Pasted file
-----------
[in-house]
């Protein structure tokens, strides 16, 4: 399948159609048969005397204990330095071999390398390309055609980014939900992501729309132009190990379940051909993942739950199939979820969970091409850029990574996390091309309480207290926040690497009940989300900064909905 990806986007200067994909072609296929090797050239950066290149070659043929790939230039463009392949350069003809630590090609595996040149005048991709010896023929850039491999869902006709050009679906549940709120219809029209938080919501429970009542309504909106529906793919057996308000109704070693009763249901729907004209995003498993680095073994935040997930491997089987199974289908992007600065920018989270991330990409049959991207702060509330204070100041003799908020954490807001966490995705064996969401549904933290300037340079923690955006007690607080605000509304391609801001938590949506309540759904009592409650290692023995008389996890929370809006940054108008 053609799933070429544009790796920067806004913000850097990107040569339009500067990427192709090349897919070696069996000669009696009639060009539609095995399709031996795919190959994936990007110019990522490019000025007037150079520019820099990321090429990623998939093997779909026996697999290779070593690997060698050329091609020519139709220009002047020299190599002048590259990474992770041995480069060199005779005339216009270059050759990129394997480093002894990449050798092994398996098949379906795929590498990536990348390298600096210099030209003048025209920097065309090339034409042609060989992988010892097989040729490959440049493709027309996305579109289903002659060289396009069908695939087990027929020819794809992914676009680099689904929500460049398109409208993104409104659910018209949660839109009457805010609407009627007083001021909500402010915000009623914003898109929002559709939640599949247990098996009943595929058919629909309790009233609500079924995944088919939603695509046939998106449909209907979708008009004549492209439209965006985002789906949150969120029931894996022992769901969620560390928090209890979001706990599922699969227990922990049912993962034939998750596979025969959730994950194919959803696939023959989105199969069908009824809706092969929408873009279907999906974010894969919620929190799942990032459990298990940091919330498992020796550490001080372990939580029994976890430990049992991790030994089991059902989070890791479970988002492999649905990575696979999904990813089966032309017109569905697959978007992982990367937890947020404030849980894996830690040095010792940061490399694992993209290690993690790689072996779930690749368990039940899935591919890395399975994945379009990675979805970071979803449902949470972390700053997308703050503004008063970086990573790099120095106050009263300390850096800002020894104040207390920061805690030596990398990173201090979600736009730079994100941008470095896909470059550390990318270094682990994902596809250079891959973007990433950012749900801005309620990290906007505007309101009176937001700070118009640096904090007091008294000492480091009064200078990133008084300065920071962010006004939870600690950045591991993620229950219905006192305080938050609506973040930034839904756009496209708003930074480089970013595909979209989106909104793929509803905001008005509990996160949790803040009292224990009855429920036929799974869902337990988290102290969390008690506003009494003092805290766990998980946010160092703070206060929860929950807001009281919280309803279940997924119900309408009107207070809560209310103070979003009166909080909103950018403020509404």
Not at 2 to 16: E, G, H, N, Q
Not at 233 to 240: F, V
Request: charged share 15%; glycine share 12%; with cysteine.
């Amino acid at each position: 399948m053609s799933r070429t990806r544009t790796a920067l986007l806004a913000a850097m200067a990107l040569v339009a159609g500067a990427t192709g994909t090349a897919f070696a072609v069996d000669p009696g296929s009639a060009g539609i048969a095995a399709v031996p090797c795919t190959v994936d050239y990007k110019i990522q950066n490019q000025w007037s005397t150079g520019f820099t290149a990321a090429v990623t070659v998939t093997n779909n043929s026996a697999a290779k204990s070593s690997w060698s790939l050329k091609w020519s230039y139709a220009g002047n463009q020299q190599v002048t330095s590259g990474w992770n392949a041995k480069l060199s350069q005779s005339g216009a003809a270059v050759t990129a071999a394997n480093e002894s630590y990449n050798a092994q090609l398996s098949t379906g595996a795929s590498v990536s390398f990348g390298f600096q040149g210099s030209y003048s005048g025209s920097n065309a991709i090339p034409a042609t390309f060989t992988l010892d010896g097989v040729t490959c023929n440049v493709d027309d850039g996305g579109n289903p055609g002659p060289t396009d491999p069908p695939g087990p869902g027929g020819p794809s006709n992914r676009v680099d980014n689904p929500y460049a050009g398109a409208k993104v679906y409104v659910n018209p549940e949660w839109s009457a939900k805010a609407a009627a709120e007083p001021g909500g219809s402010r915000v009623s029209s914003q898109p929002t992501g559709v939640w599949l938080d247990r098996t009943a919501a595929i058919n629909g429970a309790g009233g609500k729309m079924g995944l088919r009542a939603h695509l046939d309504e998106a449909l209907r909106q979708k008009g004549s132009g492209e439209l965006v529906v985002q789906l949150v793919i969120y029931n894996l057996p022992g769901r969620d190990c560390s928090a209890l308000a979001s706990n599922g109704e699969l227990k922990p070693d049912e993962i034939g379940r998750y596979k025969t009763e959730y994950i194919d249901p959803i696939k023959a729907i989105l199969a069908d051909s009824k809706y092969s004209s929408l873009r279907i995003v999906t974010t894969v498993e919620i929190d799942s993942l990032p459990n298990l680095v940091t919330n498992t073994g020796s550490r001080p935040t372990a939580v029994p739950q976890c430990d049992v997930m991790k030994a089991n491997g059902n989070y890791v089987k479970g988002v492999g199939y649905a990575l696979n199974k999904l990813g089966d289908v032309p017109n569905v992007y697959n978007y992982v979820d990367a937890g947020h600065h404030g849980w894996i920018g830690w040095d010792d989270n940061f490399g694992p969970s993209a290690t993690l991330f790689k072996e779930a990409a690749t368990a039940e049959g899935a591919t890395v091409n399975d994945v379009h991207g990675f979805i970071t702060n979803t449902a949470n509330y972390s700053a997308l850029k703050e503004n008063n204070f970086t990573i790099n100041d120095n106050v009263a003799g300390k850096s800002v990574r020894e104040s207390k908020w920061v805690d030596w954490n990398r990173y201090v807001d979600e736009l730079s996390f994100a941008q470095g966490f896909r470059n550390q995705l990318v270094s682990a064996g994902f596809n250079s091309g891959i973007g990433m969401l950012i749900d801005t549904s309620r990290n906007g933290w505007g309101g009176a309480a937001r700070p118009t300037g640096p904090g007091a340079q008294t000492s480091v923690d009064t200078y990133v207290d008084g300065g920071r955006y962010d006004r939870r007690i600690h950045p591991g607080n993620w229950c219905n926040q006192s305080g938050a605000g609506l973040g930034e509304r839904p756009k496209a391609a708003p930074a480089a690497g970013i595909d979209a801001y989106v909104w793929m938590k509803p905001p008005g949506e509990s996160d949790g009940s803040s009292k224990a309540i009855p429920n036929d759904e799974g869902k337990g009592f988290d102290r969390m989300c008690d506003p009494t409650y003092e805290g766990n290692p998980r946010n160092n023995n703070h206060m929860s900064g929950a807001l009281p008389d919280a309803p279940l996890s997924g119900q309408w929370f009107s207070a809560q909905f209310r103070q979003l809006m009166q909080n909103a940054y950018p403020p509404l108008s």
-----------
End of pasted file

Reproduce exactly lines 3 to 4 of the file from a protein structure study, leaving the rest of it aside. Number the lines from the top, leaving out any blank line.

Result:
Not at 2 to 16: E, G, H, N, Q
Not at 233 to 240: F, V